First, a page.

Reading one paper in a decent way takes a lot of time, which I realized in the past few months where I am strapped for time! Hopefully the dry phase ends sooner.
Came across this “Science blogging” article/podcast in Nature newsletter and thought of sharing it here. Enjoy!
Whether you’re a PhD student or an established professor, being able to communicate your research is an important part of your career development. You will, at some point, have to persuade that funding body to give you some money, or that supervisory committee to grant you that PhD. Other times, you might have to work with politicians and the media to help them access your research. All these conversations, whether oral or in writing, require good communication skills.
Many of these will be done in a written format and blogging can be a great way to practice those writing skills.
Suzi Gage is writing up her PhD thesis. Three years ago, this was a gargantuan challenge that she was unsure of how to tackle. To prepare, she started blogging. “I really feel like the blogging has helped so much. When I sit down at a blank page, I know that I can write 1000 words. They might not be good words, but I know that I can turn them into something better.” Now she’s a well-established, award-winning science blogger, writing about epidemiology on Sifting the evidence, hosted by the Guardian.
Professor Jon Butterworth is an established experimental physicist, splitting his time between the Large Hadron Collider in Geneva and teaching at UCL. He blogs at Life and physics, also hosted by the Guardian. “We wanted to share the excitement of the thing [LHC].”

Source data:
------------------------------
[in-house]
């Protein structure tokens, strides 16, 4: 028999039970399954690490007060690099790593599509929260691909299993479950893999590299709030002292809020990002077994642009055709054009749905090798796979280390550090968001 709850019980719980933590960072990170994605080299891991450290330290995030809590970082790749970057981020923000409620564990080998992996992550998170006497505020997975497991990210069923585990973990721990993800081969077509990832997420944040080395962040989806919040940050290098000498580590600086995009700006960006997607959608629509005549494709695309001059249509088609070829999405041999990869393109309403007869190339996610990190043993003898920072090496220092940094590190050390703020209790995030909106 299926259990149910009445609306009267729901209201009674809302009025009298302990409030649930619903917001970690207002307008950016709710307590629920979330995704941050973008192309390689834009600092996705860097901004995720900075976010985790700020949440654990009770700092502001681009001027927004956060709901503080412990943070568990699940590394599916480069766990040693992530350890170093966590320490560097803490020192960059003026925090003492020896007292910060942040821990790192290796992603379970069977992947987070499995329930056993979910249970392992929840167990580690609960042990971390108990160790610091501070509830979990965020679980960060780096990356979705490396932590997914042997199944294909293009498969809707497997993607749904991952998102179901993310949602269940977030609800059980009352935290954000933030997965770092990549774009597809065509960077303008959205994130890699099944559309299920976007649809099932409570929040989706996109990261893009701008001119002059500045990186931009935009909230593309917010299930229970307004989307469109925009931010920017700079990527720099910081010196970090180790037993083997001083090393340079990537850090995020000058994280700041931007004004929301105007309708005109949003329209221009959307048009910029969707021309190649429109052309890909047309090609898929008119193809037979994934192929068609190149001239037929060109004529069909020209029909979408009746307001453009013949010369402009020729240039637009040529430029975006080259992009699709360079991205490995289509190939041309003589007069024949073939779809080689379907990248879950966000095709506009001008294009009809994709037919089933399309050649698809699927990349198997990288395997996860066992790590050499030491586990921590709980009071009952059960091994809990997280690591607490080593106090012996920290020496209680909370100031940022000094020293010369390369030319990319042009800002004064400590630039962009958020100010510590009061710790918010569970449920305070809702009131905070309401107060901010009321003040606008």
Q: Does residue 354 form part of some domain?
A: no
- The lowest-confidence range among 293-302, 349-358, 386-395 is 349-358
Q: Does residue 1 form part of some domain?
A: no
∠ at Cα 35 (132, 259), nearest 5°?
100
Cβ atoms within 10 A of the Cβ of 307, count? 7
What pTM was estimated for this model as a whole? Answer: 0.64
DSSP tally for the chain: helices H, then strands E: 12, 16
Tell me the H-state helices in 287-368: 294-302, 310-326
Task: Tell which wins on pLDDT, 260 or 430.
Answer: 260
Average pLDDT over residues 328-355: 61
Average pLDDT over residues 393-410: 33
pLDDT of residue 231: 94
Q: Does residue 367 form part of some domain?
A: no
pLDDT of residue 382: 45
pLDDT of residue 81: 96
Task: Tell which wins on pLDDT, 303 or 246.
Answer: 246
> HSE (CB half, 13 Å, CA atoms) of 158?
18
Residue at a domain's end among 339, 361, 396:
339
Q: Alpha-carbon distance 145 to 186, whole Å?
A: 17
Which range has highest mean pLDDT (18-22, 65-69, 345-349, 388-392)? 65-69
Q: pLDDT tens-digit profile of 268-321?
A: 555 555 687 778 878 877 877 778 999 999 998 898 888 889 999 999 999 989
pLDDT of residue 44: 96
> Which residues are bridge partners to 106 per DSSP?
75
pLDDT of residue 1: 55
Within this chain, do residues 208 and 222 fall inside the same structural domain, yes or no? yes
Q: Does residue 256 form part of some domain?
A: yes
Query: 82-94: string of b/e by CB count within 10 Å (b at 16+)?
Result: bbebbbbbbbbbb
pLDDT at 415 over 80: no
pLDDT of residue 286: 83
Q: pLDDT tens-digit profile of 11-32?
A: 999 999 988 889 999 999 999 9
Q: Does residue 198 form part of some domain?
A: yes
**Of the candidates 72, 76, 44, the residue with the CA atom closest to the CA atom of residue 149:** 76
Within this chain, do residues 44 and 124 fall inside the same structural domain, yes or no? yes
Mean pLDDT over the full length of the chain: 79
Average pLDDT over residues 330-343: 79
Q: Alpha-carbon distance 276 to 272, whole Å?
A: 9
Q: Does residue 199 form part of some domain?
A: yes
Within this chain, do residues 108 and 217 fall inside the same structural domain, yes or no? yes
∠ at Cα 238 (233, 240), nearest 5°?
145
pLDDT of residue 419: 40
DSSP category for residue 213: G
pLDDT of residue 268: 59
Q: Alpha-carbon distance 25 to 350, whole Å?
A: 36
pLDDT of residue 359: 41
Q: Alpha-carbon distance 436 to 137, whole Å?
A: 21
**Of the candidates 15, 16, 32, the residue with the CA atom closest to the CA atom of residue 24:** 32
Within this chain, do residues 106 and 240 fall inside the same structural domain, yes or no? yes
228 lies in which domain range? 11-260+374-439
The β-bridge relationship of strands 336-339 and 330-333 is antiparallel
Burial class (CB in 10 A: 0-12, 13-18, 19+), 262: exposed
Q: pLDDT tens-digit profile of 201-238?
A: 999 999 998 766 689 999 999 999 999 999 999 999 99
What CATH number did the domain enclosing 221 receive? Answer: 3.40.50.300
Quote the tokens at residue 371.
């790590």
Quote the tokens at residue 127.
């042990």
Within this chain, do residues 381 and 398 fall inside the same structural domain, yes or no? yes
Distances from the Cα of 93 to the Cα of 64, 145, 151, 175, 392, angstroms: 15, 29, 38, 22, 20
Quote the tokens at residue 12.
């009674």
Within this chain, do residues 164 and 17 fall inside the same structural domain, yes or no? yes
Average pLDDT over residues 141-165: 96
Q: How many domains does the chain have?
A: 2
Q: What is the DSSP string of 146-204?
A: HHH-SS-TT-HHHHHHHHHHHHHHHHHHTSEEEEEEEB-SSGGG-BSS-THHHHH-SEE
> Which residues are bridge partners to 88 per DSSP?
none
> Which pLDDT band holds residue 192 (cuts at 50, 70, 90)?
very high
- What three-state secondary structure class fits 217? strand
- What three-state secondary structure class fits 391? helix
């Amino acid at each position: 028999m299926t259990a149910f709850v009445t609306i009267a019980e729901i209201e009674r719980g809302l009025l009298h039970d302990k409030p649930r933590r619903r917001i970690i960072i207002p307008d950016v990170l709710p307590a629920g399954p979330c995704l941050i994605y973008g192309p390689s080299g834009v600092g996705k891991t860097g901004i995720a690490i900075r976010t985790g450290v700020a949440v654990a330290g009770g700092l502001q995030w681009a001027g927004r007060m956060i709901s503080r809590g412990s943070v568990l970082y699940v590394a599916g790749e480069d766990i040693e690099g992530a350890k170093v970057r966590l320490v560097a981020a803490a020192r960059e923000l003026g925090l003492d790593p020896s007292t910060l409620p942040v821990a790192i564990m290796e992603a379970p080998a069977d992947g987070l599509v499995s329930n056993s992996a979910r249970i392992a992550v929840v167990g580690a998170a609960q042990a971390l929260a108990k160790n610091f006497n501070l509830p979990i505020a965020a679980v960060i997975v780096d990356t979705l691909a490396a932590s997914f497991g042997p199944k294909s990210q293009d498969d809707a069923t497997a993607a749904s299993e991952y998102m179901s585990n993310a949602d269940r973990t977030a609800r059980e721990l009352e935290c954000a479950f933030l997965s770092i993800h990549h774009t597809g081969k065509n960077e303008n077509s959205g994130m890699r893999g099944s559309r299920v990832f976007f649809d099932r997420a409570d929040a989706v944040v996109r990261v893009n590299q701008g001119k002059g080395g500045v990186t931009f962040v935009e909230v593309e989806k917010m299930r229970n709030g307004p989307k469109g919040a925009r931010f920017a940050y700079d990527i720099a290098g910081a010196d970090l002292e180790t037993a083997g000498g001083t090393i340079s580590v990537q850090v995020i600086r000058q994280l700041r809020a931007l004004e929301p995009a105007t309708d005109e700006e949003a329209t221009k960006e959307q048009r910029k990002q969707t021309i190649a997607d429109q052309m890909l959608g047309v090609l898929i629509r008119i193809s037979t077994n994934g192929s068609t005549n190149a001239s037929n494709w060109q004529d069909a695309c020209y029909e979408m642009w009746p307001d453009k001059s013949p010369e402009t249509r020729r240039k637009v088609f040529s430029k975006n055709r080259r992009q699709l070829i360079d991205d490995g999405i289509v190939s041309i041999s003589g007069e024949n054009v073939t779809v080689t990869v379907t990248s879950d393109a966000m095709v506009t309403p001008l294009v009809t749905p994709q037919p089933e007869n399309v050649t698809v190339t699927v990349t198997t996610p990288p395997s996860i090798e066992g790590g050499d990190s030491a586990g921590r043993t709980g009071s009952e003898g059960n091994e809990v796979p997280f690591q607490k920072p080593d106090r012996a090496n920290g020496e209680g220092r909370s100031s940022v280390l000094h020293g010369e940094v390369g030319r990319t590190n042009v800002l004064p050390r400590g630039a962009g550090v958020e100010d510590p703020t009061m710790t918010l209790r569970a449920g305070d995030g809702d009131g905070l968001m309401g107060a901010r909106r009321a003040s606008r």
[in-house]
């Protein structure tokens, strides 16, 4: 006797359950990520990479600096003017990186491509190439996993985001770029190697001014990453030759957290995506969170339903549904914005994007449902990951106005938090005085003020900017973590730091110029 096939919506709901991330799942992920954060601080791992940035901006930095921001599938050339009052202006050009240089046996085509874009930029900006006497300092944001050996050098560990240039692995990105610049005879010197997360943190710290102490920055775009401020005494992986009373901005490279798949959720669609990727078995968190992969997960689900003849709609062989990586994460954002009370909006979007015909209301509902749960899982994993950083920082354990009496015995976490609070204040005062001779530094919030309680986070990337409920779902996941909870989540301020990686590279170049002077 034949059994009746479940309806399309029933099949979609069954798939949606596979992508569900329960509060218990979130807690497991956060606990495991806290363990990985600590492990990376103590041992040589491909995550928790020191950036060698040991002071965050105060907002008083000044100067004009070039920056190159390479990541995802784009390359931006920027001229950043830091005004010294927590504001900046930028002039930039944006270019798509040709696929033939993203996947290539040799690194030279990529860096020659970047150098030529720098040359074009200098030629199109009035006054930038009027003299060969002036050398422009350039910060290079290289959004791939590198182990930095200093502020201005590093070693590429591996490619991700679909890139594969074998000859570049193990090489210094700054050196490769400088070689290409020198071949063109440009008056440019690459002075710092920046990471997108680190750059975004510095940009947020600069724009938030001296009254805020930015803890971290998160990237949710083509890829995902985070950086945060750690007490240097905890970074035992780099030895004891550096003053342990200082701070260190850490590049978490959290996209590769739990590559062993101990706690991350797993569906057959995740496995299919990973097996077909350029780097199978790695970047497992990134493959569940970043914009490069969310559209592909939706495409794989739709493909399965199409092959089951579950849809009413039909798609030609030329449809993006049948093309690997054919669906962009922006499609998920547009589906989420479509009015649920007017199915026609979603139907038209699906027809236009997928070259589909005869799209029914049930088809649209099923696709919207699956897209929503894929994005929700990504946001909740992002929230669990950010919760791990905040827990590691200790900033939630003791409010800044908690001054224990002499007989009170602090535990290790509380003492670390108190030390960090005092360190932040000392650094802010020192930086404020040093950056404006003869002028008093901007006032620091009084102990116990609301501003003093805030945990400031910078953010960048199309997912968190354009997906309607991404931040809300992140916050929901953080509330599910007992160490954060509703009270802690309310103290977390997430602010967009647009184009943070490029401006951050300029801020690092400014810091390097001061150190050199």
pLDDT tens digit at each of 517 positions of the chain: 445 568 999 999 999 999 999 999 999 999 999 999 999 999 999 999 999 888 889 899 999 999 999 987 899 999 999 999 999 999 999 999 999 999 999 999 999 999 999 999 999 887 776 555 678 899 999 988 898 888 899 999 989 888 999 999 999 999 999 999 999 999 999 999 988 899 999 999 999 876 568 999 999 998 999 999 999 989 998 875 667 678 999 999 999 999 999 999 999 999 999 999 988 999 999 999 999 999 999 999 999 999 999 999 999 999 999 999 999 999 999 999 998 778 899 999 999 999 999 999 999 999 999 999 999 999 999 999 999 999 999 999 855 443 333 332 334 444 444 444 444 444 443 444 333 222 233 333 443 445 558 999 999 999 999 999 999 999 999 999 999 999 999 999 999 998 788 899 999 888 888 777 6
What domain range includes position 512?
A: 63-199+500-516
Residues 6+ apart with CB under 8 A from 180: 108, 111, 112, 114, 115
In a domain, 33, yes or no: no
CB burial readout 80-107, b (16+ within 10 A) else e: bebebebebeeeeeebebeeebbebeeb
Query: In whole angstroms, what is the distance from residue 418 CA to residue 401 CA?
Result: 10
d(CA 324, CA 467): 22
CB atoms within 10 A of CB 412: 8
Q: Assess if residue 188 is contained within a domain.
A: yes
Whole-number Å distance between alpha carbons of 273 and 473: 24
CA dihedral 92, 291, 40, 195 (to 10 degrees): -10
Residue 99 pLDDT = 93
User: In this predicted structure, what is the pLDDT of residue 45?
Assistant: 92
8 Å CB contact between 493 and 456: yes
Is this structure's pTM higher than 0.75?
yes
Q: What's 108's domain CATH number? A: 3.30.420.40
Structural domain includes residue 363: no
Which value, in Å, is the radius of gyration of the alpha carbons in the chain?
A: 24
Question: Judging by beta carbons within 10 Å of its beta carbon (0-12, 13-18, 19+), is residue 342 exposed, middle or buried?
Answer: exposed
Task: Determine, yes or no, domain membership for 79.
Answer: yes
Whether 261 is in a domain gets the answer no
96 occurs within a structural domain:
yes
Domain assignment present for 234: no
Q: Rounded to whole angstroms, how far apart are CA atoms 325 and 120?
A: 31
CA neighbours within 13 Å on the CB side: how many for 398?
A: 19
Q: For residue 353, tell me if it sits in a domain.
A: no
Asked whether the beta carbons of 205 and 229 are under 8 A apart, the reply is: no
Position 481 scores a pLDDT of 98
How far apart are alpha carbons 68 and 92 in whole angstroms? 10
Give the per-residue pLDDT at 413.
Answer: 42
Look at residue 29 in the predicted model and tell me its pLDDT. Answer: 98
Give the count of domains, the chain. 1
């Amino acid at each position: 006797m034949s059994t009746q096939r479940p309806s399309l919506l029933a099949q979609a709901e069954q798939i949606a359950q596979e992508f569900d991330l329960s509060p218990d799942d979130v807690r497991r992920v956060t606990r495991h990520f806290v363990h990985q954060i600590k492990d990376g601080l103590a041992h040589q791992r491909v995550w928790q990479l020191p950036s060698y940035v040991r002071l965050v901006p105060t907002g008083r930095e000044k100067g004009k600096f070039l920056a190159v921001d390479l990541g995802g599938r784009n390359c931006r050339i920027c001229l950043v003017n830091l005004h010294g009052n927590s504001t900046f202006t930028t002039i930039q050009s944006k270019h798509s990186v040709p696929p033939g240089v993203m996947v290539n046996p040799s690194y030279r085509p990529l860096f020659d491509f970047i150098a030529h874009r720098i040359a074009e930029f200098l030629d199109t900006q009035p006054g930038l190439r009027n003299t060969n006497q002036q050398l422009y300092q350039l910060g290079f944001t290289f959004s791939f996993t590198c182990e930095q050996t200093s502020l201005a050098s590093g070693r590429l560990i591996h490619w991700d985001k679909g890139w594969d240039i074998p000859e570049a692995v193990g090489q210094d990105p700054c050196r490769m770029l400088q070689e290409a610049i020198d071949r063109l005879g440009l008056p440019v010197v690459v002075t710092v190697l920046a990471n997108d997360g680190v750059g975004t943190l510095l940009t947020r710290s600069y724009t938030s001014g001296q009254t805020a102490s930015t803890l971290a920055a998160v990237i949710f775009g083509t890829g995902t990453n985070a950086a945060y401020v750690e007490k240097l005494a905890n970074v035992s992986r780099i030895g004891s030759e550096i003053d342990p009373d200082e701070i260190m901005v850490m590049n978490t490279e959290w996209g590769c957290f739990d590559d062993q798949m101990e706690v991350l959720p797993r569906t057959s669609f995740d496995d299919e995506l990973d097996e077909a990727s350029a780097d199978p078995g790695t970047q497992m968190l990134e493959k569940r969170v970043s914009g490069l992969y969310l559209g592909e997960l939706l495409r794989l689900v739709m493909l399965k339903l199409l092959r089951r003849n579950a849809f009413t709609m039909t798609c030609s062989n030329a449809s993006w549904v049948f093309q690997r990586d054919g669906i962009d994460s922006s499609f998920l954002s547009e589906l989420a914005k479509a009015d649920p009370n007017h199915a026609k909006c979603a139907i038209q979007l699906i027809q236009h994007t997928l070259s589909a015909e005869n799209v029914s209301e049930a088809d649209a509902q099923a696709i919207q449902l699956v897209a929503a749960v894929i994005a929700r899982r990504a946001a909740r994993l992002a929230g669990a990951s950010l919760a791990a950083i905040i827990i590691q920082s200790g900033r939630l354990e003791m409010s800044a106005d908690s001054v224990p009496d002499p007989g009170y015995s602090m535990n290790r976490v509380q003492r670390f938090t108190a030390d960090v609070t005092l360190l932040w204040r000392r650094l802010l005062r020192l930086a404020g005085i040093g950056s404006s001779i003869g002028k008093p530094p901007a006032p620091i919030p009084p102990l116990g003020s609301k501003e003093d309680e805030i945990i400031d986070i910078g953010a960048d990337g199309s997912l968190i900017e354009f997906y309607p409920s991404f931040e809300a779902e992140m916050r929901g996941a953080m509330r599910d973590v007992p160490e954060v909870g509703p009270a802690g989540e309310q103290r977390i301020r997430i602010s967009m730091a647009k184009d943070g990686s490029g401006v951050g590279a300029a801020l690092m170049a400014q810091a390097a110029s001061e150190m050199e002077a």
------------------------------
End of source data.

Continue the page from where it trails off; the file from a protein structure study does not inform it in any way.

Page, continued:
Science blogging challenges for young scientists
Your audience could include fellow students, potential employers and your supervisors. Therefore, think carefully about how you portray and express yourself, “particularly if you’re blogging under your own name,” says Suzi. There is a fine line between voicing your opinion and becoming a trouble maker, so it’s worth understanding where that line is. Our advice: don’t cross it.
“My blogs came under a lot of attention from those who disagreed with what I was saying… everything I said I had to back up,” says Suzi. This is the case for anyone who is blogging about science, really, but it’s especially true for young scientists as they don’t have a decade-long research career and reputation to back them up. Do your research, interview scientists in the field and be 100% positive that what you are saying is correct, or can be backed up if it is opinion.
Suzi is fortunate in that she has had supportive bosses who understand and agree with what she is doing. “But I don’t take the micky,” she says. As a young scientist, your priority should be your research, so don’t let your hobby take over. Suzi suggests combining the two: if you have to read a paper for your literature review, why not write up a lay summary for it at the same time? This is a good test to see if you have really understood it: if your audiences understand what you’ve written, you’re off to a flying start.